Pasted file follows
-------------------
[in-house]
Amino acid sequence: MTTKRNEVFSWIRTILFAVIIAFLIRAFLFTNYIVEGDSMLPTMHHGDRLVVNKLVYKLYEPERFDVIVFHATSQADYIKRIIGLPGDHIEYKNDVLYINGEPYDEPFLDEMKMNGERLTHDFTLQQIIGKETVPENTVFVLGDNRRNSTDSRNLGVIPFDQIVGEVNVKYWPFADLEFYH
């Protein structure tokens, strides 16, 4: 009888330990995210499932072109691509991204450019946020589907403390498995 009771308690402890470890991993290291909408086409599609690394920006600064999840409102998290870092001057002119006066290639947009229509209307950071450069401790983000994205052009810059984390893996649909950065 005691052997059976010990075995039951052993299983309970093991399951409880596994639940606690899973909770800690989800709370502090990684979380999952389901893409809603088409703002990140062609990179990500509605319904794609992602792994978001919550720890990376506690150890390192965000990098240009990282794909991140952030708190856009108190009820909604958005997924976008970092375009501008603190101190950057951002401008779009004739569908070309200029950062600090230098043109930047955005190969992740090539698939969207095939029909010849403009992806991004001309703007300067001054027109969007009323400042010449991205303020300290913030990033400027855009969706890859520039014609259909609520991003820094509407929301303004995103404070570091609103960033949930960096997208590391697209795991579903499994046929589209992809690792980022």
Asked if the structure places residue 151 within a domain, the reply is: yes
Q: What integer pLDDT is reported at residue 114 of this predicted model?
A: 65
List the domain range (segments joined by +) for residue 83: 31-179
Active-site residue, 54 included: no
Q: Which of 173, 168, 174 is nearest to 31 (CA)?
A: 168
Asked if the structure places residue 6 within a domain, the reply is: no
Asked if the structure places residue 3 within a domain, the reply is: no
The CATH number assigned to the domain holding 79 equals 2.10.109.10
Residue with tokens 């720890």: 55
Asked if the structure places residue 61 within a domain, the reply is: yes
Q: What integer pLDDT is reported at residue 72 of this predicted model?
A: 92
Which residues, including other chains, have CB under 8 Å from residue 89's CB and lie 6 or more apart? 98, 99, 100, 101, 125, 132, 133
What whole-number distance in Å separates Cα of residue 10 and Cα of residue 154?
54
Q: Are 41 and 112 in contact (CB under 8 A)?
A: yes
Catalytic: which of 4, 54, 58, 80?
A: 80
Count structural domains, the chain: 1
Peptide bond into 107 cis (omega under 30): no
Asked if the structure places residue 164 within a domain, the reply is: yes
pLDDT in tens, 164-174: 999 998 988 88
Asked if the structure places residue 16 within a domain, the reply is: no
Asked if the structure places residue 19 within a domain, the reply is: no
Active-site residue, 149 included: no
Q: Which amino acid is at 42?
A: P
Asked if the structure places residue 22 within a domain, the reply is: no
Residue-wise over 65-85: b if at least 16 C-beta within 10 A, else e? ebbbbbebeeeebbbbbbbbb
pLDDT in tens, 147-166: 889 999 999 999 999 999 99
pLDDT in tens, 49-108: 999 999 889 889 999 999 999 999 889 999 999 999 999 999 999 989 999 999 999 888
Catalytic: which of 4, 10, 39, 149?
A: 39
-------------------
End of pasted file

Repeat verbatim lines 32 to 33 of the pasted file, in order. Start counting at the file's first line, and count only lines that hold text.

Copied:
Q: Which amino acid is at 42?
A: P